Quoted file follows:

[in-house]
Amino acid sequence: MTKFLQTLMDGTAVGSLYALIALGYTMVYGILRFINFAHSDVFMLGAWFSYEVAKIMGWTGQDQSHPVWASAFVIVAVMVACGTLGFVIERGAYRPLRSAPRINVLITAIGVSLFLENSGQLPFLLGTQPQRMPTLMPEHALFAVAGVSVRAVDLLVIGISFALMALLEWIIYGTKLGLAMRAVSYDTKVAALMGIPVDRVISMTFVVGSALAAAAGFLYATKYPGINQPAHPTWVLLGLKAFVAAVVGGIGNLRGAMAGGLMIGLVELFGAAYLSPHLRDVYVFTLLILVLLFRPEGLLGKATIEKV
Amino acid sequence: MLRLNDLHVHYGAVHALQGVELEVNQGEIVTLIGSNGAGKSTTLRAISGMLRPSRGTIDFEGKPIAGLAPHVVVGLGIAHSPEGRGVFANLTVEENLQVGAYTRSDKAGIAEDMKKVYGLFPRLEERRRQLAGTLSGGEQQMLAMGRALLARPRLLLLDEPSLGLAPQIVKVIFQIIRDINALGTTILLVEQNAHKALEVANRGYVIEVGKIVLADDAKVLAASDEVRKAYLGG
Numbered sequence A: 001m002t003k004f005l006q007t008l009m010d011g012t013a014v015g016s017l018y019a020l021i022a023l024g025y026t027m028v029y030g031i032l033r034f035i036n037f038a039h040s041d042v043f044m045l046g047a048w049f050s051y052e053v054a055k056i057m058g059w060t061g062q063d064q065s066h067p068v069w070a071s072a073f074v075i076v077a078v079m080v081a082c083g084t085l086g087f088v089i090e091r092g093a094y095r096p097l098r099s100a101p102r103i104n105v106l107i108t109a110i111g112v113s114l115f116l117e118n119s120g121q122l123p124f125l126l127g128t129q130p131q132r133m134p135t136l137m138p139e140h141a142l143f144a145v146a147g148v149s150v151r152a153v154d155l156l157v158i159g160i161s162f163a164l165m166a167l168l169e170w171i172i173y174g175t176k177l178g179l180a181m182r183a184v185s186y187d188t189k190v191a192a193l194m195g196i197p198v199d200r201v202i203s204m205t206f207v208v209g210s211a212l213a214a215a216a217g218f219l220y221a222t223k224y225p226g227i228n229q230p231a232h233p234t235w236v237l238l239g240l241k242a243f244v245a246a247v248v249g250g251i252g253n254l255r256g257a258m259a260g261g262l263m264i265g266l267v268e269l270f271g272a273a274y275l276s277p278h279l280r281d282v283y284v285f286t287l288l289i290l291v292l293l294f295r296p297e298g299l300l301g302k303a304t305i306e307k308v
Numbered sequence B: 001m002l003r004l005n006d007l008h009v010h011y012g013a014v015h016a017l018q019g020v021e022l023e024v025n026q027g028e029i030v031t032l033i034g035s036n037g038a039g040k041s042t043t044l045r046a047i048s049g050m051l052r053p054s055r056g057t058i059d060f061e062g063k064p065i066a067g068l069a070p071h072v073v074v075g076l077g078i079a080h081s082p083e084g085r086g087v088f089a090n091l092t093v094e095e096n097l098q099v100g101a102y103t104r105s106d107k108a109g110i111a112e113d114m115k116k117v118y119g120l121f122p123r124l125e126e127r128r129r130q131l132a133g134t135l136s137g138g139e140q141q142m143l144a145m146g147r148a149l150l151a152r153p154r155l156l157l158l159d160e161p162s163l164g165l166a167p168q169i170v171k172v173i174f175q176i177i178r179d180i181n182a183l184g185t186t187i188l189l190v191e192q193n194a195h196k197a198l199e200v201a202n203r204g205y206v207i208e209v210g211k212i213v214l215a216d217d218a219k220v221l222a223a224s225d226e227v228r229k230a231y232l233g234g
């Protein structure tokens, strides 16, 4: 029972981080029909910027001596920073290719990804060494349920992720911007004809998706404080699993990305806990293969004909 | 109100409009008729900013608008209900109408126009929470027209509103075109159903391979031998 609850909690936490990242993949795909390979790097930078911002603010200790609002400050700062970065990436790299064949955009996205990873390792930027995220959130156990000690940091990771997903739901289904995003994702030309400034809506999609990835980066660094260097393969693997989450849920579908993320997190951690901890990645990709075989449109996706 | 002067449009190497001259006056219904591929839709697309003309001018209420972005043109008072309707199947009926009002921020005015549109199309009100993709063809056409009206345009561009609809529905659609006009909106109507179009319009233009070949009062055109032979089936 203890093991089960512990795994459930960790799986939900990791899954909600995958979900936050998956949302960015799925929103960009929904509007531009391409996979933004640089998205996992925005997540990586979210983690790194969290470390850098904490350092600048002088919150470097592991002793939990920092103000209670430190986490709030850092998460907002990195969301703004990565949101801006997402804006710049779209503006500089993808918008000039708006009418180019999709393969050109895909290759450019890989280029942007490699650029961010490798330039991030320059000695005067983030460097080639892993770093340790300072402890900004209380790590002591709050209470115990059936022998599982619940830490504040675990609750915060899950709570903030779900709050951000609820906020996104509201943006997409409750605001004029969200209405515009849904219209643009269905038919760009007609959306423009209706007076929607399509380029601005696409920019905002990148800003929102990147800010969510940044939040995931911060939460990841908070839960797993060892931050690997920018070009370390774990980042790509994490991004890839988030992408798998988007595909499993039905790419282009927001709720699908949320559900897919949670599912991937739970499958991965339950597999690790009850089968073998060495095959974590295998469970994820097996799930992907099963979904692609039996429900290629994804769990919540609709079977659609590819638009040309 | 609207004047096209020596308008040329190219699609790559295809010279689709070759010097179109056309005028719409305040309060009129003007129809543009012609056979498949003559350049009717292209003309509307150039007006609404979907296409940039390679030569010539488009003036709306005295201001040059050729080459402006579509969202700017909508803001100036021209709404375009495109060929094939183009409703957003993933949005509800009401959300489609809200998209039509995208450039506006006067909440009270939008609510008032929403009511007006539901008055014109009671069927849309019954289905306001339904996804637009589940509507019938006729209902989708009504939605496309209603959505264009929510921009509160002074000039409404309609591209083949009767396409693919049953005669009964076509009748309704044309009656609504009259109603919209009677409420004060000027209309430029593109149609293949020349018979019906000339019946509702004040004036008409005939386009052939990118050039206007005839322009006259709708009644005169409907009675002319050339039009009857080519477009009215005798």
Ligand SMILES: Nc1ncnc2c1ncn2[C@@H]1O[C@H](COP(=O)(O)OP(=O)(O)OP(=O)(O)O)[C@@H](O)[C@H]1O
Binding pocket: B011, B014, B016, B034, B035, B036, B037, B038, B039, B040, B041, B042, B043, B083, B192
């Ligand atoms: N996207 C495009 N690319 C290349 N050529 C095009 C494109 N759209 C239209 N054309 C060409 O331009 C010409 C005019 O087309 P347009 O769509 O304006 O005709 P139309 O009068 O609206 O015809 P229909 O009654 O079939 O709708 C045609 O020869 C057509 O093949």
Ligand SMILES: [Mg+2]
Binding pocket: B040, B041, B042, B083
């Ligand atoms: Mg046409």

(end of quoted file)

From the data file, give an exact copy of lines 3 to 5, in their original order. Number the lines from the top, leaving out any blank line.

Amino acid sequence: MLRLNDLHVHYGAVHALQGVELEVNQGEIVTLIGSNGAGKSTTLRAISGMLRPSRGTIDFEGKPIAGLAPHVVVGLGIAHSPEGRGVFANLTVEENLQVGAYTRSDKAGIAEDMKKVYGLFPRLEERRRQLAGTLSGGEQQMLAMGRALLARPRLLLLDEPSLGLAPQIVKVIFQIIRDINALGTTILLVEQNAHKALEVANRGYVIEVGKIVLADDAKVLAASDEVRKAYLGG
Numbered sequence A: 001m002t003k004f005l006q007t008l009m010d011g012t013a014v015g016s017l018y019a020l021i022a023l024g025y026t027m028v029y030g031i032l033r034f035i036n037f038a039h040s041d042v043f044m045l046g047a048w049f050s051y052e053v054a055k056i057m058g059w060t061g062q063d064q065s066h067p068v069w070a071s072a073f074v075i076v077a078v079m080v081a082c083g084t085l086g087f088v089i090e091r092g093a094y095r096p097l098r099s100a101p102r103i104n105v106l107i108t109a110i111g112v113s114l115f116l117e118n119s120g121q122l123p124f125l126l127g128t129q130p131q132r133m134p135t136l137m138p139e140h141a142l143f144a145v146a147g148v149s150v151r152a153v154d155l156l157v158i159g160i161s162f163a164l165m166a167l168l169e170w171i172i173y174g175t176k177l178g179l180a181m182r183a184v185s186y187d188t189k190v191a192a193l194m195g196i197p198v199d200r201v202i203s204m205t206f207v208v209g210s211a212l213a214a215a216a217g218f219l220y221a222t223k224y225p226g227i228n229q230p231a232h233p234t235w236v237l238l239g240l241k242a243f244v245a246a247v248v249g250g251i252g253n254l255r256g257a258m259a260g261g262l263m264i265g266l267v268e269l270f271g272a273a274y275l276s277p278h279l280r281d282v283y284v285f286t287l288l289i290l291v292l293l294f295r296p297e298g299l300l301g302k303a304t305i306e307k308v
Numbered sequence B: 001m002l003r004l005n006d007l008h009v010h011y012g013a014v015h016a017l018q019g020v021e022l023e024v025n026q027g028e029i030v031t032l033i034g035s036n037g038a039g040k041s042t043t044l045r046a047i048s049g050m051l052r053p054s055r056g057t058i059d060f061e062g063k064p065i066a067g068l069a070p071h072v073v074v075g076l077g078i079a080h081s082p083e084g085r086g087v088f089a090n091l092t093v094e095e096n097l098q099v100g101a102y103t104r105s106d107k108a109g110i111a112e113d114m115k116k117v118y119g120l121f122p123r124l125e126e127r128r129r130q131l132a133g134t135l136s137g138g139e140q141q142m143l144a145m146g147r148a149l150l151a152r153p154r155l156l157l158l159d160e161p162s163l164g165l166a167p168q169i170v171k172v173i174f175q176i177i178r179d180i181n182a183l184g185t186t187i188l189l190v191e192q193n194a195h196k197a198l199e200v201a202n203r204g205y206v207i208e209v210g211k212i213v214l215a216d217d218a219k220v221l222a223a224s225d226e227v228r229k230a231y232l233g234g